Some educators believe that the history of World War I could be taught better.
To combat this problem, UNC graduate students are collaborating with other education leaders in and out of the state to create a revamped World War I curriculum.
Andy Mink, executive director of LEARN NC, is principal investigator for the group of graduate students, K-12 teachers and representatives from multiple education boards in North Carolina and Virginia.
The goal of the project is to personalize the war by finding the stories of people involved in the conflict, said William Melega, a Chapel Hill High School history teacher involved in the project.
“We’re going to work in an interstate learning community … researching and coming up with a really good narrative,” he said.
Danielle Parker, a graduate student in the UNC School of Education, said the group’s combined efforts will benefit the teaching of WWI.
“When you are able to collaborate as a teacher for professional development and be able to be in community with people that are teaching kind of teaching the same subject, it makes you a better teacher and you are able to have different ideas,” she said.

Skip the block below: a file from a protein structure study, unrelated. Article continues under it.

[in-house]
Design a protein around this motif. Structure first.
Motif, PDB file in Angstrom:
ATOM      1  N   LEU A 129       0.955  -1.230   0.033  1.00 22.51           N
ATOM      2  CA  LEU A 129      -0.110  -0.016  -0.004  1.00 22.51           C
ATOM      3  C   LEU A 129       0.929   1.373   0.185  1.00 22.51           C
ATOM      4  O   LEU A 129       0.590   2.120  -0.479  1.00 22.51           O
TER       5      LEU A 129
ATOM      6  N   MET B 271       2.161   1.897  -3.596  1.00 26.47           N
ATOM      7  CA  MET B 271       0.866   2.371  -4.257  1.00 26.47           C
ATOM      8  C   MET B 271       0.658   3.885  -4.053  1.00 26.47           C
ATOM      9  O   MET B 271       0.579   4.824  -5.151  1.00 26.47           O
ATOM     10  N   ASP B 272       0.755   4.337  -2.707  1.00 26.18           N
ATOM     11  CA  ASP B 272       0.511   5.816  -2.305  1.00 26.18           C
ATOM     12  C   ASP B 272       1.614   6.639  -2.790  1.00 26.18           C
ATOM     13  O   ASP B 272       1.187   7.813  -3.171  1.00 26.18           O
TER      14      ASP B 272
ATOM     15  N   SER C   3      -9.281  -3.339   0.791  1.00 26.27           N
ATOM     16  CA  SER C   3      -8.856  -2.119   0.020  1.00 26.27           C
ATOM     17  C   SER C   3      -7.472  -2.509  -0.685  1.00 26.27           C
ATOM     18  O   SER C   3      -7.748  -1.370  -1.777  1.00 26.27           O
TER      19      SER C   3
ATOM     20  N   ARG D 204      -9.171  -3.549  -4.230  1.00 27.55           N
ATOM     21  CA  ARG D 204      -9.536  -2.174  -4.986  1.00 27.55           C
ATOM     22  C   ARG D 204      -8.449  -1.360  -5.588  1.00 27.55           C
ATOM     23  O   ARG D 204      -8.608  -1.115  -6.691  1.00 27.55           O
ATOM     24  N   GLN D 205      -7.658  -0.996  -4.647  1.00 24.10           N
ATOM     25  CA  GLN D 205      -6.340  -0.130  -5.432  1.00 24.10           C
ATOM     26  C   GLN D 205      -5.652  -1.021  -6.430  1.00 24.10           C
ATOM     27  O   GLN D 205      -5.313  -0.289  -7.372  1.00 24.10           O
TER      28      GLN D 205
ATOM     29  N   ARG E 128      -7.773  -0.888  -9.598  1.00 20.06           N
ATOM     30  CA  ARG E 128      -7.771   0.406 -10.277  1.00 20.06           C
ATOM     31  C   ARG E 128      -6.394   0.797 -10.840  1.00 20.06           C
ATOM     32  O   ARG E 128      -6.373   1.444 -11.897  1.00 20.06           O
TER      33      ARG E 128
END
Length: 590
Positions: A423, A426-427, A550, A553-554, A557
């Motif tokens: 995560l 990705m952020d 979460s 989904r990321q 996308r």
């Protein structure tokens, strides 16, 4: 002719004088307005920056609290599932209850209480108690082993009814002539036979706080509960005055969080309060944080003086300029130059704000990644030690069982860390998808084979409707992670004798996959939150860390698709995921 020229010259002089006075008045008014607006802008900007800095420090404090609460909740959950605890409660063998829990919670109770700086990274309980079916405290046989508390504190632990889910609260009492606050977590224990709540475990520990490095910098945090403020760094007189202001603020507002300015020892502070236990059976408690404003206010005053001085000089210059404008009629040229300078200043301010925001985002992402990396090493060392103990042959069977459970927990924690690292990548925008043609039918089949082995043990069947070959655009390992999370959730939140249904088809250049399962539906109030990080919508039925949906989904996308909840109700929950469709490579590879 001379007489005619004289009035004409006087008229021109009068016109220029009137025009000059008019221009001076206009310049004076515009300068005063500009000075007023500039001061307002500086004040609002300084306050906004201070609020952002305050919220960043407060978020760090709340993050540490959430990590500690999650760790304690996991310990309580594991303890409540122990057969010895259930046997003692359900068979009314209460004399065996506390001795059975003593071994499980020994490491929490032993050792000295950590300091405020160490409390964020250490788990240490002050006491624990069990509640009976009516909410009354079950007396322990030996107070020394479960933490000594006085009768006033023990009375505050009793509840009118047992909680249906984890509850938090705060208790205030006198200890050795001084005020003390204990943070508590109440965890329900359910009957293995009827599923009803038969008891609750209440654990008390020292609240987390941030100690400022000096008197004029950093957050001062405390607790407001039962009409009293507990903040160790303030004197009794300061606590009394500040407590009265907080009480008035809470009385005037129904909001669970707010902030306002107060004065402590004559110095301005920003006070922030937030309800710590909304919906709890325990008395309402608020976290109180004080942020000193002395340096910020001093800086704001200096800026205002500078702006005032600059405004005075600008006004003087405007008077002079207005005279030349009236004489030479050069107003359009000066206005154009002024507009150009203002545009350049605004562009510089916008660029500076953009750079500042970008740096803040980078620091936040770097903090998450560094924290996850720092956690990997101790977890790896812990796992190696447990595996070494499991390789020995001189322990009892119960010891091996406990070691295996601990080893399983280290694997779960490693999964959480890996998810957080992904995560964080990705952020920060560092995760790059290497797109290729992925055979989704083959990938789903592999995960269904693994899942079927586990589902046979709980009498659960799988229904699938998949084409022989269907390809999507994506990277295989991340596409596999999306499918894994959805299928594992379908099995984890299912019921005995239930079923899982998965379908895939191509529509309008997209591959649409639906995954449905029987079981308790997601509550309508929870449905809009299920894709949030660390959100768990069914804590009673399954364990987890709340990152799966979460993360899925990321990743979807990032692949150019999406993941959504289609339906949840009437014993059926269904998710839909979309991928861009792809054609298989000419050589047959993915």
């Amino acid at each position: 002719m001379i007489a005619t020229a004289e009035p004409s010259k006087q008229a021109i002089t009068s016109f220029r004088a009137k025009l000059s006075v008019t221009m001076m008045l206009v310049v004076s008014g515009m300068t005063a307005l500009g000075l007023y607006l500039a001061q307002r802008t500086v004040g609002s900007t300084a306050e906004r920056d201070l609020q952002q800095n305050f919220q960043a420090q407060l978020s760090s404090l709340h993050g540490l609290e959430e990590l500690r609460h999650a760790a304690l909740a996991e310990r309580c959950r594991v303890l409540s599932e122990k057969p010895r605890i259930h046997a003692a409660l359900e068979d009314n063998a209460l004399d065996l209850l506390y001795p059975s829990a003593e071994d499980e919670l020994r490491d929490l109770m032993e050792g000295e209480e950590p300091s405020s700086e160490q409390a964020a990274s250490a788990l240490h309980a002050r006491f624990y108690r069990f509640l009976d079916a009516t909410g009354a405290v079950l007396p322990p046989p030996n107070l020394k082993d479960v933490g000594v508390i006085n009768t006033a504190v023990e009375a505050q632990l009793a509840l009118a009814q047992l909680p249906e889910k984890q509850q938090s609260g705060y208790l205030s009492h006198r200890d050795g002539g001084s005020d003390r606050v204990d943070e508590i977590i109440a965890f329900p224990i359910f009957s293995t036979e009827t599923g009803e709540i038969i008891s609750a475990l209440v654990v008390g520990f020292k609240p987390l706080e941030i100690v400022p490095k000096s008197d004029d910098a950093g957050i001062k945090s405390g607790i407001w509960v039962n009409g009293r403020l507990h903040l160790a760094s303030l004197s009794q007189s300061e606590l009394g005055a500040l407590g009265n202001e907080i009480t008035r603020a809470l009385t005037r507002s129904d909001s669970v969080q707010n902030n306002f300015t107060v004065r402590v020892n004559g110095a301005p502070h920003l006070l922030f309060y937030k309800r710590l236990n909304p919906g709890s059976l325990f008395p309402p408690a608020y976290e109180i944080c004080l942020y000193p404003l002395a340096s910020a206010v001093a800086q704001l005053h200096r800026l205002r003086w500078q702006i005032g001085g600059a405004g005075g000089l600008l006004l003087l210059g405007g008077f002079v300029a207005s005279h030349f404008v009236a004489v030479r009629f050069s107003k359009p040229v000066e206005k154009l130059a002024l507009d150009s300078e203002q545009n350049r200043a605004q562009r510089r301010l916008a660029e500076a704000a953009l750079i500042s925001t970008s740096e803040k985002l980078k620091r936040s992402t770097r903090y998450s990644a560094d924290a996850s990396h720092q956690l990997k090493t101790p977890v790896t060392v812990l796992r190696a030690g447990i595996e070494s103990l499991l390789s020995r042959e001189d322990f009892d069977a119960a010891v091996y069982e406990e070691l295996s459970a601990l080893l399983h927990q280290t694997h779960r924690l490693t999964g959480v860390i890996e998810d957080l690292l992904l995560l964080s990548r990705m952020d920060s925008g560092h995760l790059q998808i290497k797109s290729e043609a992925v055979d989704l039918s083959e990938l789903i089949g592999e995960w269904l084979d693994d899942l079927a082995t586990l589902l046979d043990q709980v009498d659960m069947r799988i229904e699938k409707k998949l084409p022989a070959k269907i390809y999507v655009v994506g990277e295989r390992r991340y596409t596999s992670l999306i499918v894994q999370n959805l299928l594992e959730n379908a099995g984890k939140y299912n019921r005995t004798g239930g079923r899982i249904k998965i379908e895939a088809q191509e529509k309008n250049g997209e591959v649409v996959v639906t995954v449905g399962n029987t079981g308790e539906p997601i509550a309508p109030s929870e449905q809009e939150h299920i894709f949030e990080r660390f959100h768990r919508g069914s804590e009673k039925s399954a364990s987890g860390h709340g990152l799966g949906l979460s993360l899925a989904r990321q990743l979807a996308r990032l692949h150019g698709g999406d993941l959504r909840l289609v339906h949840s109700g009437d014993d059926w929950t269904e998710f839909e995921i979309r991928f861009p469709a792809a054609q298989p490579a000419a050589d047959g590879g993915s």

Mink said the project is on track to completed by fall 2014 and the new curriculum will be provided to all teachers as an additional resource.
The $357,000 project will be fully funded by the American Battle Monuments Commission.
Tim Nosal, director of public affairs for the American Battle Monuments Commission, said the group is going to Verdun, Paris, in July, on the centennial anniversary of WWI, to get a more personal understanding of the war.
“What we hope to see is a way to connect the individuals that are buried overseas into American classrooms, whether it is through community learning, or possibly in a fine arts class looking at the architecture of the memorials in the cemetery themselves,” he said.
He said the group will visit Meuse-Argonne, which has the largest number of American soldiers buried in Europe with 14,246.
Katherine Gulledge, a history teacher at McDougle Middle School in Chapel Hill, said the traditional way World War I is taught focuses largely on memorization, neglecting the experience of the people involved.
“As a history teacher, experiencing the places where history happened makes me better because I can describe it in a way that is relatable to students,” she said in an email.
Mink said the group will also be using the money to make the material more interactive in the hopes of offering students a more dynamic learning experience.
“Imagine standing in front of a class and having a smart board swiping a headstone — that person’s narrative comes forward.”
Nicole Bauer, a graduate student in the UNC history department who is working with the project, said these kinds of efforts are great at getting student’s attention.
“Using the advantages of technology to help students to think of history of something that’s experienced, that can only help more people get excited.”
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